It’s been a long day of mediation. An agreement seems to be emerging, to the relief of the plaintiff whose human rights complaint against the defendant employer has been dragging on for months.
Late in the day, the defendant – represented by in-house counsel and an agent for their insurer – introduce their “standard release” into the discussion. The release covers the usual ground of withdrawing the complaint and includes the following:
“The parties agree to keep confidential all the terms of this settlement agreement, including the settlement amount and also the events that led to the settlement and the existence of this settlement.
The parties agree not to disclose any identifying or other information about the parties and the events. This confidentiality also applies to disclosures to family, friends or professional counsellors.
The plaintiff also agrees not to make any negative or disparaging comments about the defendant and the defendant’s business, including but not limited to social media.”
The plaintiff and her lawyer review the release. Having sensed that a settlement was close, the plaintiff seems disconcerted by the clause. Before you bring the parties back together, she asks her lawyer “Is this necessary? Can I really not talk to my family – or even my therapist? I don’t want to sign that.” Her lawyer responds by telling her that this is “standard practice”. And cautions her that this is what the other side “expects” in any settlement.
True enough, you see similar clauses in most civil mediation agreements now, especially cases involving human rights claims.
Back in joint session, the plaintiff’s lawyer says that her client would like some reassurance about the release. “It’s standard practice, I’m sure you have told your client that?” When the plaintiff tries to ask more questions, defence counsel sighs impatiently and says “It’s for your own protection. You don’t want your name all over the newspapers or social media, do you?”. The plaintiff looks horrified – of course not, she says.
The parties sign. Another good day’s work done.
Or is it?
What’s the problem?
Non-disclosure agreements (NDAs) have become the default solution for organisations, corporations, individuals and public bodies to settle cases of sexual misconduct, racism, pregnancy discrimination and other human rights violations. They are used not just to cover up misconduct and abuse in workplaces, universities and religious institutions – but to hide faulty products, addiction issues in gambling, the abuse of minors in sports training, the use of public funds in settlements and more – the list is long and shocking. These agreements, which threaten people with legal consequences, are being used to cover up abuse, and in some cases criminal acts.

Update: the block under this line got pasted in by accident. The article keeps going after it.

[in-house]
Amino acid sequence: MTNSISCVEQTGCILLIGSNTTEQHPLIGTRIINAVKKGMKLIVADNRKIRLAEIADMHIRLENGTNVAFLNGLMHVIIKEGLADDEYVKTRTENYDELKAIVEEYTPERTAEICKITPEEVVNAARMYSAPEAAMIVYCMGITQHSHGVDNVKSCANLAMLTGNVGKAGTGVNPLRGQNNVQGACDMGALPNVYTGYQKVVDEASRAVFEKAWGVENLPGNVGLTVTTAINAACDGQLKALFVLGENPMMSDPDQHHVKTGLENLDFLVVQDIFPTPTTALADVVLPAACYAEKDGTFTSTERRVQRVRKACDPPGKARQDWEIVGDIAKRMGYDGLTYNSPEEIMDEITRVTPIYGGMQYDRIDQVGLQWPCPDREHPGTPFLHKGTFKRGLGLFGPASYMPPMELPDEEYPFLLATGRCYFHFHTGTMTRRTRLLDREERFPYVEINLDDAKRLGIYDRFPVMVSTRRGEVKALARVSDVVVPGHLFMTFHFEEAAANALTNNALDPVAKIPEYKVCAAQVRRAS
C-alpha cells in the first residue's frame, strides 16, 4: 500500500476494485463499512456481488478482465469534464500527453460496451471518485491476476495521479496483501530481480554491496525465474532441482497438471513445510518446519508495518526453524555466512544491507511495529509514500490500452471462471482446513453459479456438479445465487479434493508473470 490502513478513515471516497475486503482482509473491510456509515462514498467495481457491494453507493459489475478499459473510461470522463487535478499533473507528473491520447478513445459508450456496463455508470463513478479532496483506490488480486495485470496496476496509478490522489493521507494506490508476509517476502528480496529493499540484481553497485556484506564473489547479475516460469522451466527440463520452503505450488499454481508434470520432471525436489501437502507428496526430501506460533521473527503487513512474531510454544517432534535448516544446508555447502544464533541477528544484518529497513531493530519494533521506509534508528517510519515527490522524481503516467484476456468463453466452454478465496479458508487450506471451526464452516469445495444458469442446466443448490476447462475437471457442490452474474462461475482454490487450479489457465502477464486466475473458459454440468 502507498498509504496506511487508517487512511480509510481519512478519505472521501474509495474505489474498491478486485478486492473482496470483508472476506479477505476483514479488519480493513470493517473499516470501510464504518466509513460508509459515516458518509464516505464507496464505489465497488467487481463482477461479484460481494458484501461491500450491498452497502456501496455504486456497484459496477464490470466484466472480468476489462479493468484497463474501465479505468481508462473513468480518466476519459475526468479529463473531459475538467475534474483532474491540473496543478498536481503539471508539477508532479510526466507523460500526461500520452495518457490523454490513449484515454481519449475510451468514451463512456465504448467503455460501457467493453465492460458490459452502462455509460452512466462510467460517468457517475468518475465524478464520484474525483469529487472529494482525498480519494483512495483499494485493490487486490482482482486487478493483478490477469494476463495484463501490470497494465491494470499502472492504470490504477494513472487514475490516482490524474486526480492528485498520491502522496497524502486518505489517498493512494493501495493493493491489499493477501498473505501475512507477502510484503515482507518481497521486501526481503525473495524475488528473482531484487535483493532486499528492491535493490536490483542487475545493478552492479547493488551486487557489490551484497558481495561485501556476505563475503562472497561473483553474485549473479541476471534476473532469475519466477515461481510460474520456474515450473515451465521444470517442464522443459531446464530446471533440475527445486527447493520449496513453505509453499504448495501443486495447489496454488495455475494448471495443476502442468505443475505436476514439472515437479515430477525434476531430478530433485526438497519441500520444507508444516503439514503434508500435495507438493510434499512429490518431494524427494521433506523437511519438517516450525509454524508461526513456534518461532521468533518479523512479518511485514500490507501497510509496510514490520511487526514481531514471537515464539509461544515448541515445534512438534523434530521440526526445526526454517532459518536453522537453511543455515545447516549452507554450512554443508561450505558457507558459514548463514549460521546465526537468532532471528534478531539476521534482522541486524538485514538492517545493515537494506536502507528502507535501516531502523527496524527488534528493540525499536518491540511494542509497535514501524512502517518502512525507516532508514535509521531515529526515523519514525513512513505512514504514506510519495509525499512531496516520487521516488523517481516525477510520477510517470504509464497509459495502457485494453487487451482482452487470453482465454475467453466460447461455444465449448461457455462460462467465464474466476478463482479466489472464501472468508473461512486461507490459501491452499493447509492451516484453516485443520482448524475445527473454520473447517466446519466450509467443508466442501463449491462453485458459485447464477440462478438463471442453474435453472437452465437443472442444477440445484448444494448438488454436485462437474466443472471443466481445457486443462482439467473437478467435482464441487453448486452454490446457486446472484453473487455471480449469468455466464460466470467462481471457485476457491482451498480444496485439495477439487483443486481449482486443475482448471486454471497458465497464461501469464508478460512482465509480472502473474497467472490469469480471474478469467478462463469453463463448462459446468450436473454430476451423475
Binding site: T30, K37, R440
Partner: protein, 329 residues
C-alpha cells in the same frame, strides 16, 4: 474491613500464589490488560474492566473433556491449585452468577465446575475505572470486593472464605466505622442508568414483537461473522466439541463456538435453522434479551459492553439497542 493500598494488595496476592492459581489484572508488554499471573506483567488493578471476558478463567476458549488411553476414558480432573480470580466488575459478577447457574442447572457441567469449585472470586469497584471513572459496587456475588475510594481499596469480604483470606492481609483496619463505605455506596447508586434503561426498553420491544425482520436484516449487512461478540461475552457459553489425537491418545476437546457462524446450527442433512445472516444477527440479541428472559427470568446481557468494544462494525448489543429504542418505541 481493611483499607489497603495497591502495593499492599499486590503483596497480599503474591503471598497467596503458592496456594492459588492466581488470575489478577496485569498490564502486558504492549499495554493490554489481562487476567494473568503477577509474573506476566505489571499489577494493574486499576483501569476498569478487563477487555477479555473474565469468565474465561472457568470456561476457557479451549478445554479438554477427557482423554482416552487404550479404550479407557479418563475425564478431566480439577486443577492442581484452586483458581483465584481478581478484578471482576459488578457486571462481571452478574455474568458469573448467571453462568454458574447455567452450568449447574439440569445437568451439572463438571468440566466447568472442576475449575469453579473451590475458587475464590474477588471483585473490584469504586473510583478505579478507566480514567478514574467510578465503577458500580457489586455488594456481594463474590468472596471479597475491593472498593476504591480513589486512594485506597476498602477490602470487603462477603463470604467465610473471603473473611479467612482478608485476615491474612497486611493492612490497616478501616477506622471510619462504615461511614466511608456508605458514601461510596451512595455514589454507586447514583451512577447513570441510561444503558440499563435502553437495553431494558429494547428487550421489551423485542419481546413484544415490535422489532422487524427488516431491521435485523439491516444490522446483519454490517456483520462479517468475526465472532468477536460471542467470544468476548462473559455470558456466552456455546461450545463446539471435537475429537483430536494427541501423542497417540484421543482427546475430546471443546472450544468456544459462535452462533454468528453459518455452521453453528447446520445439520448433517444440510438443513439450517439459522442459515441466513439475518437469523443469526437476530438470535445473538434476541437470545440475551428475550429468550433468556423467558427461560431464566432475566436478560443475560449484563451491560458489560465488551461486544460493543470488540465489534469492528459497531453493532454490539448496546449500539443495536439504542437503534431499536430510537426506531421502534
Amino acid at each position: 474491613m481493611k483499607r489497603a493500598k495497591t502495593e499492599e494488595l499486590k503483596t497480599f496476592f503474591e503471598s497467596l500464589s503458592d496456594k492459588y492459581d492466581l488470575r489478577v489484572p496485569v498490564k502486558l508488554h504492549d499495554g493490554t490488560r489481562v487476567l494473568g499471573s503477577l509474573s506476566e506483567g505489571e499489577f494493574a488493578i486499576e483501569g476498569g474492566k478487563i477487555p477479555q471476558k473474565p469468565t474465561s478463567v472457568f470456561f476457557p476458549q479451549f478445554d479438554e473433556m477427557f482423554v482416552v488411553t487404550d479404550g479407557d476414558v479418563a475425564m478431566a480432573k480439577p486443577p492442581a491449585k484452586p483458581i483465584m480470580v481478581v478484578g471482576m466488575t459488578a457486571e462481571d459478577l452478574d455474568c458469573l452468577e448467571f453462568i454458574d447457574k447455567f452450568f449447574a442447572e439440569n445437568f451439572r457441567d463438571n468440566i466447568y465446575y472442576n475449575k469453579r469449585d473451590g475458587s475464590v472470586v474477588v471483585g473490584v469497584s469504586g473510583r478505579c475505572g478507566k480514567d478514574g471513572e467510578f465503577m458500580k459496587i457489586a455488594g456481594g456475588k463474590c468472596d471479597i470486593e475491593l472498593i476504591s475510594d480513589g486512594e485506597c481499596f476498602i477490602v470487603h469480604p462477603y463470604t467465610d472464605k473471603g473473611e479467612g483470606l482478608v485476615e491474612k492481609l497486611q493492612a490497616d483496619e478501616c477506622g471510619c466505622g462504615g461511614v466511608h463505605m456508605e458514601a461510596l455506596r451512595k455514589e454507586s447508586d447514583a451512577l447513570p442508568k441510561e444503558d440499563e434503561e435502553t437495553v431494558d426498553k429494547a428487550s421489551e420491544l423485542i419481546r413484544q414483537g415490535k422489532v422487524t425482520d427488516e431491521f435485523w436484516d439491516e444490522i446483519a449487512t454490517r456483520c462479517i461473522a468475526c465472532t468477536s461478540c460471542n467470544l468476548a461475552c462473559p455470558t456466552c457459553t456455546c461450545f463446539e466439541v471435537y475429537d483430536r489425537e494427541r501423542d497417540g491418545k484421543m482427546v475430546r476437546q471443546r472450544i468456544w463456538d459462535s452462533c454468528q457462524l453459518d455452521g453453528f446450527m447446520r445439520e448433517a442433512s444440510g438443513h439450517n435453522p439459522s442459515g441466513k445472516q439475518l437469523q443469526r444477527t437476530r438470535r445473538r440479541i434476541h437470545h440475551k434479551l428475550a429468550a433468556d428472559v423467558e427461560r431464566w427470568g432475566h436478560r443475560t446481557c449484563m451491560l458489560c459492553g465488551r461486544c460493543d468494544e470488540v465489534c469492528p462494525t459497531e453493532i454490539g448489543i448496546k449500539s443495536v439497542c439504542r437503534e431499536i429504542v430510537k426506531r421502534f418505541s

Allow a person who has behaved abusively and possibly criminally to remain in their workplace or move to another workplace with a clean record.
Gag victims permanently, often preventing them speaking to family, friends or even a therapist about what has happened to them, or warning others about the perpetrator or malpractice.
Outside the workplace, NDAs are increasingly being used in settlement agreements to cover up defective products, accident causes, and other public dangers
Benefit the employer’s reputation and the career of the perpetrator, not the victim or whistleblower (who can be protected by a simple confidentiality clause).
Require the victim and in some cases their colleagues to tell lies, or risk being sued for “defamation” as the truth is hidden by an NDA.
Are usually pressed on victims who are told they “must” sign if they want a settlement.
Chill the climate for anyone wishing to speak up about wrongdoing
The NDA habit
Gathering accurate quantitative data on the prevalence of secret agreements is, of course, hard if not impossible. Here is what we do know.
NDAs were originally created to protect trade secrets during the tech bubble. In the last 5 years, their use appears to have grown exponentially making everyone’s bad experience at work, as one lawyer put it to me, “a trade secret” (for a fuller discussion of this development, and the beginnings of US caselaw on NDAs, see my article here (“How a Good Idea Became a Bad Idea”)